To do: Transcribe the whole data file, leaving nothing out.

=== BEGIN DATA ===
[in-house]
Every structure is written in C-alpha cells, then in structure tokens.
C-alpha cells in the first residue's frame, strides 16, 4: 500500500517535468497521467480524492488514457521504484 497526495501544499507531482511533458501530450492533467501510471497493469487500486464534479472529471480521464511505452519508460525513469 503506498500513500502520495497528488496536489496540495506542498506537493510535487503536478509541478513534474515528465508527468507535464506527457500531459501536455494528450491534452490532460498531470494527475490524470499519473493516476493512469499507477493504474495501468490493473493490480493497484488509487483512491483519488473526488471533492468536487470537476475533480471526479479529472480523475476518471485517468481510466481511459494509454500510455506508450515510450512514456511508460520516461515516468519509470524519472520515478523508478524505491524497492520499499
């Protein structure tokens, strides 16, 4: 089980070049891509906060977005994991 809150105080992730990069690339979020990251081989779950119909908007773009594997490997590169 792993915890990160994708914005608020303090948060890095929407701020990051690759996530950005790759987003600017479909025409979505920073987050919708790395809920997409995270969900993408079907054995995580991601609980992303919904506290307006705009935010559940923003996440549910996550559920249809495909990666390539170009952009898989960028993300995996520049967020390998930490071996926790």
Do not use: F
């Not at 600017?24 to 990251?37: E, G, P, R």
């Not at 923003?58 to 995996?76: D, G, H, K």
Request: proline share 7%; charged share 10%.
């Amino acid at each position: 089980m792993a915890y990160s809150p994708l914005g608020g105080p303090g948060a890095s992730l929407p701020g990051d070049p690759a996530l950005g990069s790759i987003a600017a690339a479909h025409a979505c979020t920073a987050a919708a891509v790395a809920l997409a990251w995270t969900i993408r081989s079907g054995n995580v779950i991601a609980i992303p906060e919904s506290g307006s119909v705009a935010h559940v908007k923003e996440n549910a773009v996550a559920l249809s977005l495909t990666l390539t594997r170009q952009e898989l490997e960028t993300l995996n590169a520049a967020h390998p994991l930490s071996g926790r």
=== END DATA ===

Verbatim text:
[in-house]
Every structure is written in C-alpha cells, then in structure tokens.
C-alpha cells in the first residue's frame, strides 16, 4: 500500500517535468497521467480524492488514457521504484 497526495501544499507531482511533458501530450492533467501510471497493469487500486464534479472529471480521464511505452519508460525513469 503506498500513500502520495497528488496536489496540495506542498506537493510535487503536478509541478513534474515528465508527468507535464506527457500531459501536455494528450491534452490532460498531470494527475490524470499519473493516476493512469499507477493504474495501468490493473493490480493497484488509487483512491483519488473526488471533492468536487470537476475533480471526479479529472480523475476518471485517468481510466481511459494509454500510455506508450515510450512514456511508460520516461515516468519509470524519472520515478523508478524505491524497492520499499
């Protein structure tokens, strides 16, 4: 089980070049891509906060977005994991 809150105080992730990069690339979020990251081989779950119909908007773009594997490997590169 792993915890990160994708914005608020303090948060890095929407701020990051690759996530950005790759987003600017479909025409979505920073987050919708790395809920997409995270969900993408079907054995995580991601609980992303919904506290307006705009935010559940923003996440549910996550559920249809495909990666390539170009952009898989960028993300995996520049967020390998930490071996926790």
Do not use: F
């Not at 600017?24 to 990251?37: E, G, P, R």
């Not at 923003?58 to 995996?76: D, G, H, K």
Request: proline share 7%; charged share 10%.
């Amino acid at each position: 089980m792993a915890y990160s809150p994708l914005g608020g105080p303090g948060a890095s992730l929407p701020g990051d070049p690759a996530l950005g990069s790759i987003a600017a690339a479909h025409a979505c979020t920073a987050a919708a891509v790395a809920l997409a990251w995270t969900i993408r081989s079907g054995n995580v779950i991601a609980i992303p906060e919904s506290g307006s119909v705009a935010h559940v908007k923003e996440n549910a773009v996550a559920l249809s977005l495909t990666l390539t594997r170009q952009e898989l490997e960028t993300l995996n590169a520049a967020h390998p994991l930490s071996g926790r």